Either you do your push-ups correctly, or you don’t do them at all. According to Classic Iron Kettlebells’ co-owner Doug Nepodal, performing the push-up with the correct techniques must be given as much importance as doing heavy lifts. More often than not, push-ups have been learned way back in grade school or in summer camps – neither of which are the best places to learn the correct techniques of doing the classic exercise. Here are some very useful tips.
Push Up, Then Pull Down
Strength is developed not only when pushing your weight up. Push-ups are great opportunities, too, to build the strength of your lats (latissimus dorsi), the biggest of the three muscles on the back. Do the usual push but don’t descend just yet. With your fingers and hand grabbing the floor, feel your lats harden as you pull (not simply fall with gravity) your chest down to the floor. Let that muscle power your next upward push and feel the difference between that execution and your regular push-up.
Place Your Hands On The Floor, But Not Too Far Apart
When hands are wide apart, the body is at a distance nearer the floor than when the hands are farther away. That’s an underhanded, pun intended, way to do less work. Instead, position palms in the same vertical position as your shoulders. With elbows closer to the body, the chest and triceps work harder, and as a result, they become stronger. The technique also prevents injuries to the shoulders which are usually caused by performing the exercise with hands placed very far apart.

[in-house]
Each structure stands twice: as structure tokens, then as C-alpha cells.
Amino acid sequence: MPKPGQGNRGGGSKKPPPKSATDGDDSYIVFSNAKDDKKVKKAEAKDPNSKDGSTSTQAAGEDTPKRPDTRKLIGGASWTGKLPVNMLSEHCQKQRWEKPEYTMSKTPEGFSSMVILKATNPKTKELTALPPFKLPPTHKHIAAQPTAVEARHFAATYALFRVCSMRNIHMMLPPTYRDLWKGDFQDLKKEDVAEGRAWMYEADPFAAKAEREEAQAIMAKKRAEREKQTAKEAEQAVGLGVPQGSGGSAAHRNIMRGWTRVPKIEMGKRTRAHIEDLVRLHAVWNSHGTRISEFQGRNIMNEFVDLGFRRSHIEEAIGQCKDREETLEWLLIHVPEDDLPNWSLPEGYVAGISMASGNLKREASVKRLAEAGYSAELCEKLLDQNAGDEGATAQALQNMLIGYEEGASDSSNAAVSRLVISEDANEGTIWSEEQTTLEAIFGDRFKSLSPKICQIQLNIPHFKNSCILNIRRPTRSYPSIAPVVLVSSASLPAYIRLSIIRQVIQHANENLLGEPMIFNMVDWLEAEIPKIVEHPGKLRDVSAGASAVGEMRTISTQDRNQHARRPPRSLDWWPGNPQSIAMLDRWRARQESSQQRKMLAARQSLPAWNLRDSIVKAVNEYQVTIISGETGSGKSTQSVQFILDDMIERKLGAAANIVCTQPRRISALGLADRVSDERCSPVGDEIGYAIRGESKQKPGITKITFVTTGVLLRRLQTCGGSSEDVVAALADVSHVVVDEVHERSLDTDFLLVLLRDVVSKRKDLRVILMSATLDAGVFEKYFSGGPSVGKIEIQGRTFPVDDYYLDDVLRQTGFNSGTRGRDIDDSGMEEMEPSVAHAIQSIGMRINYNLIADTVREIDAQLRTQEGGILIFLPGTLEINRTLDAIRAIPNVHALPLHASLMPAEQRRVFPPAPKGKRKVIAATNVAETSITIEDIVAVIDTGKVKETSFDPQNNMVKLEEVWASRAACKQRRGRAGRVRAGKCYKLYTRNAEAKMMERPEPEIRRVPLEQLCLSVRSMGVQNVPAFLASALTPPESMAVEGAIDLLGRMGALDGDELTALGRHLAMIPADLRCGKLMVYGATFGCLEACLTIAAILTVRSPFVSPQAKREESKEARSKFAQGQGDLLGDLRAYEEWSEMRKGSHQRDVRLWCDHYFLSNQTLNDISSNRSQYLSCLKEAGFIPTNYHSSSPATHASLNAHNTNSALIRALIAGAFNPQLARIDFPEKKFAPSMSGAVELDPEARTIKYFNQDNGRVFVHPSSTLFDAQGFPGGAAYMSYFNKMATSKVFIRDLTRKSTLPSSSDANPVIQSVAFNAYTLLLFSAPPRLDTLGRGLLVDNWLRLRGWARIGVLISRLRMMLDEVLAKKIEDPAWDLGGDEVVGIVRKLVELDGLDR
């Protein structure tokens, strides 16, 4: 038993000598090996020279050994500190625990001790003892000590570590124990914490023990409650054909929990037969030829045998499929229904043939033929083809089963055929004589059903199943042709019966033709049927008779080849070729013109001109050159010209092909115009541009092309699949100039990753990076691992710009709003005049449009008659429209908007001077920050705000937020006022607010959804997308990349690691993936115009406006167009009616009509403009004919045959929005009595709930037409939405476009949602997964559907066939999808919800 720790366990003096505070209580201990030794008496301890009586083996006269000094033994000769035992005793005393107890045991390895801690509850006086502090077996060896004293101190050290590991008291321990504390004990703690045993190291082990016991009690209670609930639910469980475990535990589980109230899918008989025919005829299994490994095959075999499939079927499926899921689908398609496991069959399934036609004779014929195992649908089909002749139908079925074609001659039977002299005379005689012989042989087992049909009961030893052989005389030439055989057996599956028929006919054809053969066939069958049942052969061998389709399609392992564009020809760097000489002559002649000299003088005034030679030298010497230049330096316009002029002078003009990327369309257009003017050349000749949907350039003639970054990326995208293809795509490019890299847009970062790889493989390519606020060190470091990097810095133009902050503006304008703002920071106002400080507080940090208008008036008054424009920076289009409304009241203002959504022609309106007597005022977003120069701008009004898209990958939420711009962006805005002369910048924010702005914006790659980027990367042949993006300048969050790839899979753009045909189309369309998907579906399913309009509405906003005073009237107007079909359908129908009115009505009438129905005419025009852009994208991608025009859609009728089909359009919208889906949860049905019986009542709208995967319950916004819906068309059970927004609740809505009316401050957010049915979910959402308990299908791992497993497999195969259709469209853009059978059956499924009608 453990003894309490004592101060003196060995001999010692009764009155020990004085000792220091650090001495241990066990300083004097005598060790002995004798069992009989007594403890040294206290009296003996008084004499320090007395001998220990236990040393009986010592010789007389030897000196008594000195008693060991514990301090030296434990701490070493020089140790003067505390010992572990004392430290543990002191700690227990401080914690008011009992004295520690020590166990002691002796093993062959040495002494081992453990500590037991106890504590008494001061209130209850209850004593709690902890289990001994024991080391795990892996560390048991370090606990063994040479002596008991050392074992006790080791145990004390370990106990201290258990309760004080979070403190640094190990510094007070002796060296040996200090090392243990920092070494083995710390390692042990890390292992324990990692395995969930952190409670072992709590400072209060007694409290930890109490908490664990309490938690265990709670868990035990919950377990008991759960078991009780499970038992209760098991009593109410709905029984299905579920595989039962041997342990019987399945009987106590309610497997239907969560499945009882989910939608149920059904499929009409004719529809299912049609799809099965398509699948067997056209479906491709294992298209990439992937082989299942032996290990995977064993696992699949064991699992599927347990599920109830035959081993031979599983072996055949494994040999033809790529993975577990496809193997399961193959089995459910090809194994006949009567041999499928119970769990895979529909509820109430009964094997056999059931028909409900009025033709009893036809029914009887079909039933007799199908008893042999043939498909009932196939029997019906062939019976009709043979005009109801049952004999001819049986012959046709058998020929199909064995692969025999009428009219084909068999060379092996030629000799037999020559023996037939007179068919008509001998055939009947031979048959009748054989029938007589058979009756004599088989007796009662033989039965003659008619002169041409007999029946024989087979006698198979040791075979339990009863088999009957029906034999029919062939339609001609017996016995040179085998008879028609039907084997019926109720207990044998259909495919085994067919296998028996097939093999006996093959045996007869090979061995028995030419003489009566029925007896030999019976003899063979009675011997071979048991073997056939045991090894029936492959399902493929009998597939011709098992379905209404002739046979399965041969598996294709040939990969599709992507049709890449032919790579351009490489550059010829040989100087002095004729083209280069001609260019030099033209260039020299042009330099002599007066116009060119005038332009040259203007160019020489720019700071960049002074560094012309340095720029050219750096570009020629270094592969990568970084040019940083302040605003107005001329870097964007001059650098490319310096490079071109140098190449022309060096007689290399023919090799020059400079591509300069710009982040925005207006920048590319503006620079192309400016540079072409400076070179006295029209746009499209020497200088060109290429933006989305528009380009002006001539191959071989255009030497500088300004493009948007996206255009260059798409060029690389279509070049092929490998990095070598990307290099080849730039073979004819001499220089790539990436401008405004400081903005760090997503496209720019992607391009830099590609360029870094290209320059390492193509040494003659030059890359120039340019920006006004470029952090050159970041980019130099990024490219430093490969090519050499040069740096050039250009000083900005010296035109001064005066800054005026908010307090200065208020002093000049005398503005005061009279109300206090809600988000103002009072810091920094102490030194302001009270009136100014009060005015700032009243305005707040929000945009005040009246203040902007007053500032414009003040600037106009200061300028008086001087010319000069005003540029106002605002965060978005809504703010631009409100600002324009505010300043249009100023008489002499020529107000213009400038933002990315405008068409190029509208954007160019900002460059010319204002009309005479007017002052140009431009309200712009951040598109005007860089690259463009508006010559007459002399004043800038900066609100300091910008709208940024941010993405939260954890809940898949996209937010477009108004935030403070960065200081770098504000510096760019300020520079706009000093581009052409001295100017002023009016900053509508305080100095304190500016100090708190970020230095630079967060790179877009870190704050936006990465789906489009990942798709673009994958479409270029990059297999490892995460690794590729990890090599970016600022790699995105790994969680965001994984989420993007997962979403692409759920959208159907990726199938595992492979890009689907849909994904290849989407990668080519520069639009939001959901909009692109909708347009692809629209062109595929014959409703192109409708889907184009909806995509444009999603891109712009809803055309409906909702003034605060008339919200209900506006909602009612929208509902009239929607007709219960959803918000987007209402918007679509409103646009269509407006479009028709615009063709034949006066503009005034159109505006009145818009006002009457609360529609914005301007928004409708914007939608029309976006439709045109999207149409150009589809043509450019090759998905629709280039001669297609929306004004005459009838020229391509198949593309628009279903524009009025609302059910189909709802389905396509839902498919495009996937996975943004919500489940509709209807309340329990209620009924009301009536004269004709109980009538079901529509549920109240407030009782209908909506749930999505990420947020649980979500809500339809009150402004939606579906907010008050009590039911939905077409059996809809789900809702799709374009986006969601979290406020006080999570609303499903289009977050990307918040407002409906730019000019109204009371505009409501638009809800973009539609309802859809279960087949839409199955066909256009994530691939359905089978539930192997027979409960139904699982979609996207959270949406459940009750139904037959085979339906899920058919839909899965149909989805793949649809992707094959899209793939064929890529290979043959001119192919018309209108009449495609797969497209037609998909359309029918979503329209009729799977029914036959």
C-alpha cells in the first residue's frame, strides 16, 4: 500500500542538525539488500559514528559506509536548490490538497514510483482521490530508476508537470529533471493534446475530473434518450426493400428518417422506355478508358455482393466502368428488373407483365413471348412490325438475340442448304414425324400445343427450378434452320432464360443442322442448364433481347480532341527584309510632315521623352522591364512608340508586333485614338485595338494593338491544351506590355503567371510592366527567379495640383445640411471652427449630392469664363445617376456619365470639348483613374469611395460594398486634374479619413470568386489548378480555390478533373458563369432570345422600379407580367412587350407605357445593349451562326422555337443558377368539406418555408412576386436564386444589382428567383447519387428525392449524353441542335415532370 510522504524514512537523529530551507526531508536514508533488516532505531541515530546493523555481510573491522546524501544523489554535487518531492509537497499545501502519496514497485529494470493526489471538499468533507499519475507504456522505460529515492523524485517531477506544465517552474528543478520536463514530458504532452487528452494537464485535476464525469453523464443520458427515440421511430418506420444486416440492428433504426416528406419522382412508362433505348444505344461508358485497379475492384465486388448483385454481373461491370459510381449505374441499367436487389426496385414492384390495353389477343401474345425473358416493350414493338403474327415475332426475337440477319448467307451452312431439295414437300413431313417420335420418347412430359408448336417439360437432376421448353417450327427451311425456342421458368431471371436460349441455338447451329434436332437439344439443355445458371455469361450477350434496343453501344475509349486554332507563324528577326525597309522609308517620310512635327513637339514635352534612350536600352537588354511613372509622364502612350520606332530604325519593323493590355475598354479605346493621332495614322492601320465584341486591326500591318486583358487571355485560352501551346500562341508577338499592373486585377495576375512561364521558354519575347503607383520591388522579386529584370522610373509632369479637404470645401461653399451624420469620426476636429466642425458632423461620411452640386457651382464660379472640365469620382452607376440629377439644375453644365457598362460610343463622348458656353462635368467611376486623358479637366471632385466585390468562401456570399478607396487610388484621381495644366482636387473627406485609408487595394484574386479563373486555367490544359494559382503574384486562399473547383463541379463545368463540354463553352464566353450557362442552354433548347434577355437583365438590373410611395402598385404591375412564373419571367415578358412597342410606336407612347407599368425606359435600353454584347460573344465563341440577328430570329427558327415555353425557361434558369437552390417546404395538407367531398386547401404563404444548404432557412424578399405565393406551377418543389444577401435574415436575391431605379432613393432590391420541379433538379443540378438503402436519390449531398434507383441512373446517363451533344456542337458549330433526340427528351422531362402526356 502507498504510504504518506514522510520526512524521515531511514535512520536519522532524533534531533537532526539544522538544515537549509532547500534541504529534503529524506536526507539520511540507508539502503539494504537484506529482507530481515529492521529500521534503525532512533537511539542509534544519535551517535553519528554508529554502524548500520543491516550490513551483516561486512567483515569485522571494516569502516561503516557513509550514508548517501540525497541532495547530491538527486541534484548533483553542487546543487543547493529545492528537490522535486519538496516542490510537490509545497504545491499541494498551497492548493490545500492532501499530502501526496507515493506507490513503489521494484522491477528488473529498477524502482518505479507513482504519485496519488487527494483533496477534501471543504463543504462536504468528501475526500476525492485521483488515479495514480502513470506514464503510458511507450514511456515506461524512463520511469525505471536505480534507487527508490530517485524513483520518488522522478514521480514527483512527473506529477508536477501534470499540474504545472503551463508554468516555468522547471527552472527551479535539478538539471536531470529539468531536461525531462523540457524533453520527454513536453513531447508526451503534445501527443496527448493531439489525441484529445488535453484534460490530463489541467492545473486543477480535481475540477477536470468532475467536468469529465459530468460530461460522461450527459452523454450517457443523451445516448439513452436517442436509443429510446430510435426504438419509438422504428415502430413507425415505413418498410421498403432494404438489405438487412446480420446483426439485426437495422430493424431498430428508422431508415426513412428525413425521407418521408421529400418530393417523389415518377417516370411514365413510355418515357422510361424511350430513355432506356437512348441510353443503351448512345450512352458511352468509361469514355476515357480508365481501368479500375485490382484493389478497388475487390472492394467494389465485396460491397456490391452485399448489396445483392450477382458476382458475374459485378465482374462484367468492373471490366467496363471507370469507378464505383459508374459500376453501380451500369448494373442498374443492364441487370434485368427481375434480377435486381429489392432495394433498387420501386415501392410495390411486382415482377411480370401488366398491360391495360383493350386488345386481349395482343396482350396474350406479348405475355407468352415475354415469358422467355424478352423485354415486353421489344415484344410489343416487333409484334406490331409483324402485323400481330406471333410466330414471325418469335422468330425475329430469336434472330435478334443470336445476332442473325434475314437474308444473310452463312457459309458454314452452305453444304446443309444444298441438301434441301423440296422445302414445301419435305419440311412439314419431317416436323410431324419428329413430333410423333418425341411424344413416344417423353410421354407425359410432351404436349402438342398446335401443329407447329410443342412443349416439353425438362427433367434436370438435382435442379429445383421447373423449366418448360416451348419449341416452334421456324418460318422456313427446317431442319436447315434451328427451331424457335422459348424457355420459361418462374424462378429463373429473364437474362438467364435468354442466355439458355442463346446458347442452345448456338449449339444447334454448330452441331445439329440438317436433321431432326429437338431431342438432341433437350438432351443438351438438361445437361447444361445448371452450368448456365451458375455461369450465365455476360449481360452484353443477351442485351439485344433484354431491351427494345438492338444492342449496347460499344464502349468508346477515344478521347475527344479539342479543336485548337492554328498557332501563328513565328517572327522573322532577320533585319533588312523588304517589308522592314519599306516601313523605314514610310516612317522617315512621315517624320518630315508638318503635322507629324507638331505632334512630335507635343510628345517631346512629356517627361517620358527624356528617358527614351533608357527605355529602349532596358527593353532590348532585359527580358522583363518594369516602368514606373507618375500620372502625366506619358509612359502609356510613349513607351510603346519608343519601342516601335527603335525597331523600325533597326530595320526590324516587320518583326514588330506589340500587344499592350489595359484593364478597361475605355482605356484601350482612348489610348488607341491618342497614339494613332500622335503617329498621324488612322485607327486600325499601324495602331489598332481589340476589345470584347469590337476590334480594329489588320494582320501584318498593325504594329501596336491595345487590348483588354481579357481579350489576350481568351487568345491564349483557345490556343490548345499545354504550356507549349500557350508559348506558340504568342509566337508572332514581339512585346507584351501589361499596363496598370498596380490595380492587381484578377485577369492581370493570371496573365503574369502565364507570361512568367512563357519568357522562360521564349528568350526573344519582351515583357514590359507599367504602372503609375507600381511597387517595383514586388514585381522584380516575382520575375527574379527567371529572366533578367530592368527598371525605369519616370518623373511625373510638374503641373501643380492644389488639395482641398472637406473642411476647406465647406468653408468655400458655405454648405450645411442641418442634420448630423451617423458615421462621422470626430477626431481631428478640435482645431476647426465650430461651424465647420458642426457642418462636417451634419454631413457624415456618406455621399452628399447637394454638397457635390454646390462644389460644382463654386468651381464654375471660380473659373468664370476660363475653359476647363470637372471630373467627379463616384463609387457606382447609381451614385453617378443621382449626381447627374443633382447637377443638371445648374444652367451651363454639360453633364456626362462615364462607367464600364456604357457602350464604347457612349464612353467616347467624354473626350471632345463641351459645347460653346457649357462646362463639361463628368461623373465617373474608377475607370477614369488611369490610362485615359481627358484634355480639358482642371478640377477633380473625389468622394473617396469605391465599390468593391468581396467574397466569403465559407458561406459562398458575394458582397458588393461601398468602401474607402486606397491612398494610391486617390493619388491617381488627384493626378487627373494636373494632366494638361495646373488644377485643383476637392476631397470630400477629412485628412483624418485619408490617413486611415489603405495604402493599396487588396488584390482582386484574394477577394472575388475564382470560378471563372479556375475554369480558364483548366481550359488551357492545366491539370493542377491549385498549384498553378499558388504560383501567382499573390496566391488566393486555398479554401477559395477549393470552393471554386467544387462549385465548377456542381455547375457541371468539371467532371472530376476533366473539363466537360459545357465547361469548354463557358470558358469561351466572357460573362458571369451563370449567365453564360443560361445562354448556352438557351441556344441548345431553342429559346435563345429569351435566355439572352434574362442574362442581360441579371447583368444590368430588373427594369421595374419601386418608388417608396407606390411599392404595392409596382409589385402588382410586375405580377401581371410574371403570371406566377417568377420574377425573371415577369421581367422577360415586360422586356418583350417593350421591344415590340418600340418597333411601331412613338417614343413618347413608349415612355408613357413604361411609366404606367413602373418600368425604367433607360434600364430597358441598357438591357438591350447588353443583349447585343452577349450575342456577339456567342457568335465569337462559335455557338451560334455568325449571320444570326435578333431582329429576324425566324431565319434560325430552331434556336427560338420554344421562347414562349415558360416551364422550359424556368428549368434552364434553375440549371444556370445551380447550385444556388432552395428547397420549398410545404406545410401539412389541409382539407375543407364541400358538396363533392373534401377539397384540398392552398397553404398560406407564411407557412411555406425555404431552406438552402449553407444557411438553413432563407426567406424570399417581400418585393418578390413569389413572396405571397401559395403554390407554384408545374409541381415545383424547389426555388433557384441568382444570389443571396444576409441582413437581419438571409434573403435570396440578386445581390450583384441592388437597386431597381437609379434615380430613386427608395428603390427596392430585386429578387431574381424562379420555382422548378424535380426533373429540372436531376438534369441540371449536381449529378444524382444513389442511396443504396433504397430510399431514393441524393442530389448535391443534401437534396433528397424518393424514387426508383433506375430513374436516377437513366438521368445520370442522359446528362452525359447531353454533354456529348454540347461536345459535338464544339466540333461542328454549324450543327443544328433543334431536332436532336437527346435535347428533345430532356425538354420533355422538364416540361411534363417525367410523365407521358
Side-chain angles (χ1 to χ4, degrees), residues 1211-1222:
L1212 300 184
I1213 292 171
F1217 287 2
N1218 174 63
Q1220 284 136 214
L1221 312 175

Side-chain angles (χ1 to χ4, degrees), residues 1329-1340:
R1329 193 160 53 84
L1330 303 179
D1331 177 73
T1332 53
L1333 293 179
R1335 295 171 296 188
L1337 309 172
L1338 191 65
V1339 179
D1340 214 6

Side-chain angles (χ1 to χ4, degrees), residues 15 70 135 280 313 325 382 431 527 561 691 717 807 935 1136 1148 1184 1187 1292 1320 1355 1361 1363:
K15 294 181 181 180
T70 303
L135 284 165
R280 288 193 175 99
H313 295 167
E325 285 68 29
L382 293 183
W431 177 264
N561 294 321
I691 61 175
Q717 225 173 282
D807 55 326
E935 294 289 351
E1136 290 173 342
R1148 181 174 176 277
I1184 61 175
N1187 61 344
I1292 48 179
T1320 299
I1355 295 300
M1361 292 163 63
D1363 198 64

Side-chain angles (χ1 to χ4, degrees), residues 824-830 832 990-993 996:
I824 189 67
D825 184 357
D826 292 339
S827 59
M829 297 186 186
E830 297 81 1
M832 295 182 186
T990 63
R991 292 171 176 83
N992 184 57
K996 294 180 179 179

Do Stretches Between Sets
Avoid excessive tightness which usually occurs when the body is subjected to high amounts of tension. Properly managed tension is beneficial for muscle strength and size. Without proper release, though, it creates an imbalance and pain, such as pulled shoulder muscles. After doing a set of pushing up and pulling down, lie down with your head and back on a Swiss Ball. Stretch your arms out perpendicular to the body and sink your hips down to the floor. Stay in that position for 10 breaths. This loosens the tension in your pecs and arms before you do another set.
Don’t Hang Your Head Like a Tired Dog Does
The correct push-up must be in a perfect slanted alignment from the ankle to the head. When descending, the first part of the body that touches the floor is the chest, not the face. An incorrect alignment will hurt the spine and may cause injury. Here’s a tip to gauge if your push-up is correctly done in terms of alignment. Imagine placing a broomstick or any straight edge on your back while doing a push-up. You’re correctly aligned if the straight edge touches your ****, the upper back, and the head.
When doing push-ups, it’s not about how many push-ups you perform. It’s how correctly you perform them for optimum benefits.